The Oscar Ratings Drop Again

February/28/2017 9:57AM
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The ceremony drew 32.9 million viewers, second-lowest total since Nielsen started tracking viewership in 1974. The Trump boycott took a toll on an already sick industry. Still, union employees who are almost all millionaires keep shooting off their mouths further hurting the business. Their employers are bleeding red ink, but the arrogant actors ignore that. You want an indication of how ignorant they really are, this should drive it home.

See, the movie business, like the media business is lost. Lost in their own world. They make movies for themselves, not for mainstream America. There is no creativity. They use books, comics, and re-runs of old successes since they are incapable of writing anything worth filming. ABC bought the rights to the Oscar performance last year for $75 million a year.  In 2016 they got $115 from ads, down from $125 million in 2015. As the audience shrinks, so will ad revenue.

Their audience skews to the left and right coast, big Hillary supporters. But, they try to sell the movies to the entire country. It isn’t working. Nor, is the media financially successful trying to sell liberal news to a country that is split this way according to the Kaiser poll, the only poll other than NBC News(joke) that polls self-identification of political preference: conservative: 35%, moderate: 35%, and liberal: 30%.

So, how’s that for marketing wizards? You produce a product for 30% of the total market and your employees insult the other 70% at every opportunity.

Then you wonder why you lose money if you are any of the following film studios.

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This summer’s box office performance was particularly bad, as detailed by The New York Times.

A vast majority of the 29 films widely released across the country disappointed in ticket sales. Blockbuster sales were flat with last year’s $4.49 billion, and attendance is expected to be at 513 million, a 3.5% fall. This isn’t surprising — nearly all of the major film studios, including Warner Bros., Sony, Universal, 20th Century Fox, and Paramount, were reduced to negative profits in Q2 2016.

The disappointing performance of theatrical film releases echoes the declining pay-TV industry. Some of the factors behind this decline center on the diminishing importance of the movie theater, coupled with a greater focus on quantity rather than quality in film production. The factors outlined below are not mutually exclusive, but instead feed into one another:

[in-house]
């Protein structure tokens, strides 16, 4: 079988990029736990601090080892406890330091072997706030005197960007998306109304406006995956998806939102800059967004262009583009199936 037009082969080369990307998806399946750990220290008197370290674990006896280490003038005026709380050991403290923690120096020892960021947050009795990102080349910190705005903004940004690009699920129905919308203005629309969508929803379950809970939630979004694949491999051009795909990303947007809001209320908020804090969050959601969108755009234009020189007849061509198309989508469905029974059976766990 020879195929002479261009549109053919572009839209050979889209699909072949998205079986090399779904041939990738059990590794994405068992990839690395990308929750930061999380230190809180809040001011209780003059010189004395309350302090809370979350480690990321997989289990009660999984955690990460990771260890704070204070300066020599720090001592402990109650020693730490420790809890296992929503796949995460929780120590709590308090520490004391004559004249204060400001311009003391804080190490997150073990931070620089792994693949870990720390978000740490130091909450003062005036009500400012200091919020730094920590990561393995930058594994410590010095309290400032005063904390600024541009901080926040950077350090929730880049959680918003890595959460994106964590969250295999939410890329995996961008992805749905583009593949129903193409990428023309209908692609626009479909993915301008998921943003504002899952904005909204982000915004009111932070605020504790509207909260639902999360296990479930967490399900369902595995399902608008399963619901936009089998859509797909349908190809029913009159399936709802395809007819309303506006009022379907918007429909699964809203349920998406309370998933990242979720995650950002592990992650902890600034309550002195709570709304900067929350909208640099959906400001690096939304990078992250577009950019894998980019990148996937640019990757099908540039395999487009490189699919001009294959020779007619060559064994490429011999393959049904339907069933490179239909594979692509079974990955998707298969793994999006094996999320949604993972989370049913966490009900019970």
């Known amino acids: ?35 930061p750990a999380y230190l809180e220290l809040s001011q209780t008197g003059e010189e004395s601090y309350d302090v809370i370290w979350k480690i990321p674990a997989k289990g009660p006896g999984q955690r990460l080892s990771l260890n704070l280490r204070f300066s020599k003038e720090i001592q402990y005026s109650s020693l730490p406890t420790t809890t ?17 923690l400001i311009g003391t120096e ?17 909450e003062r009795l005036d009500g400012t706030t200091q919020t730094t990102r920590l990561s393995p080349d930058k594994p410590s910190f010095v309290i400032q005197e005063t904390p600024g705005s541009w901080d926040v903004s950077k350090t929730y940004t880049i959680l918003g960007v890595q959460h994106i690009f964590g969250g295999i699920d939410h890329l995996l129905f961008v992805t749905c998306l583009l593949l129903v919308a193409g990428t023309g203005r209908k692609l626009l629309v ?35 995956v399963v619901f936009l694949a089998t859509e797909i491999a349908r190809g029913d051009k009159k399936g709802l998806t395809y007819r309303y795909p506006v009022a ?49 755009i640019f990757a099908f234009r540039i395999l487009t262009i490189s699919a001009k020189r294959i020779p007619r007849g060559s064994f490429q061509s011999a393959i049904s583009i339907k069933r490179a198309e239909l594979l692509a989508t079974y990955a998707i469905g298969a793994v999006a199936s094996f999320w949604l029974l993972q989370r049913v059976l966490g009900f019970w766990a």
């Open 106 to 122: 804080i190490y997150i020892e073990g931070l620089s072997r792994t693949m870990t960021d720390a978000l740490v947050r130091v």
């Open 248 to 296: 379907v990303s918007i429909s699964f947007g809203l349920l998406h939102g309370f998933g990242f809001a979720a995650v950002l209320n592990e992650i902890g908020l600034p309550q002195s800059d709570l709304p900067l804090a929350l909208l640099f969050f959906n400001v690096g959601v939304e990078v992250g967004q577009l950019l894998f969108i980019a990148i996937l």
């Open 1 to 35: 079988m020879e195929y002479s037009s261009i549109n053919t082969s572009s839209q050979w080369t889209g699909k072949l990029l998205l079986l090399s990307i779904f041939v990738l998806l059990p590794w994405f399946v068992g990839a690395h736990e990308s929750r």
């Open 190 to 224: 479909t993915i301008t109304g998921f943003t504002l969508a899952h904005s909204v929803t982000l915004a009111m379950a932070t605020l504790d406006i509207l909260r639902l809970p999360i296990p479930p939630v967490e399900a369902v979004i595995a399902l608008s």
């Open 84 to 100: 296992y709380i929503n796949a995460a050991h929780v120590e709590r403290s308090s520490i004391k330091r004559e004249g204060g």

• Dwindling relevance of movie theaters. Studio owners often argue that large audiences aren’t there to be gained, regardless of how well-made their films are. In this regard, PostTrak found that from 2014 to 2015, the number of people who would show up to theatres and decide what to watch on-site had decreased from 32% to 28%, as cited in the Times article. In many ways, the decline of the movie theatre as a site for gathering and social regalement parallels the dwindling relevance of TV in the family home. In both instances, the decline can be blamed on the rise of other, newer multimedia outlets, like the desktop computer and, more importantly, the mobile phone.
  • Substandard, uniform movie offerings. The Times article describes the style of film that is now typical of summer releases: sequels, lumbering, heavy on visual effects. This content has caused some to liken the majority of film productions to assembly-line cinema. The reason for this summer’s poor box office performance could simply be that audiences’ have grown tired of the lack of variety. Meanwhile, online video is available on-demand, all the time, giving users significantly more power to choose what they want to watch. To be fair, the 29 movies under consideration registered the highest Rotten Tomatoes score in 16 years, with an average rating of 57.7 positive, somewhat contradicting this hypothesis.
  • Cannibalization of content. Another perspective suggests that the abundance of sequels is forcing users to choose between films, thereby cannibalizing ticket sales. This also speaks to the broader trend of greater availability of content across platforms. Consumers are spoiled for choice. Thanks to the internet, films can be found on any number of platforms easily. And the relatively cheaper price of content on the internet — which is either free and ad-supported, or available through a monthly subscription — further incentivizes consumers to watch video online. A month’s worth of access to Netflix, for instance, is typically equal to (or even less than) the price of a single admission to the cinema
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